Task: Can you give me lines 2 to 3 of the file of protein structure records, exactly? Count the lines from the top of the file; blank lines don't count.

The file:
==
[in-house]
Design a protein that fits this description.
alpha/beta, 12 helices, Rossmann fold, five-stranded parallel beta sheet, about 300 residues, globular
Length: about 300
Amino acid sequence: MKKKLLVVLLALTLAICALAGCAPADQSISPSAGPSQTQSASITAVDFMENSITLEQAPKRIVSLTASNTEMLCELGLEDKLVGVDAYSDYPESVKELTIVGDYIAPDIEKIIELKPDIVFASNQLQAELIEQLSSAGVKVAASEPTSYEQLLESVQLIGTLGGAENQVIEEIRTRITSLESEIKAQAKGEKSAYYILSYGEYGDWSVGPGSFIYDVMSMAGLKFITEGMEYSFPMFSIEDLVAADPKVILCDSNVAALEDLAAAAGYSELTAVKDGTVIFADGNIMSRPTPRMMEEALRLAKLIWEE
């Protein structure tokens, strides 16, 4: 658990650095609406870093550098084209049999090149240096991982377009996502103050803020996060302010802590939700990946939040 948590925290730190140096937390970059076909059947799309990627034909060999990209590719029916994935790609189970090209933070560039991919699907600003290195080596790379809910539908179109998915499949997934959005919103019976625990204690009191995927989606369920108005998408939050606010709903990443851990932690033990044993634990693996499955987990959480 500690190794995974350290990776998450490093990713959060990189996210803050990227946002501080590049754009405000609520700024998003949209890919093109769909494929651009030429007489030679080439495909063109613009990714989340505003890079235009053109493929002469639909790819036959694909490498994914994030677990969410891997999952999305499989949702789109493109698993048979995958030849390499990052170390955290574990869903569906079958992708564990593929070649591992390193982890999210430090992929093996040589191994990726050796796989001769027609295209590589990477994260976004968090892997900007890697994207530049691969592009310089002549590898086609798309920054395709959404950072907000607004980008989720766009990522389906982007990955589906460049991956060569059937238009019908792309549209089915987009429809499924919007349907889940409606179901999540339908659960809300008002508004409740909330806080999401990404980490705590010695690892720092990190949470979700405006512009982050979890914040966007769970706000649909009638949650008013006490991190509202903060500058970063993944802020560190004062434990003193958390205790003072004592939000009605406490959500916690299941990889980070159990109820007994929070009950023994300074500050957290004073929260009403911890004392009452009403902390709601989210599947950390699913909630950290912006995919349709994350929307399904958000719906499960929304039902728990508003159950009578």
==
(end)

Design a protein that fits this description.
alpha/beta, 12 helices, Rossmann fold, five-stranded parallel beta sheet, about 300 residues, globular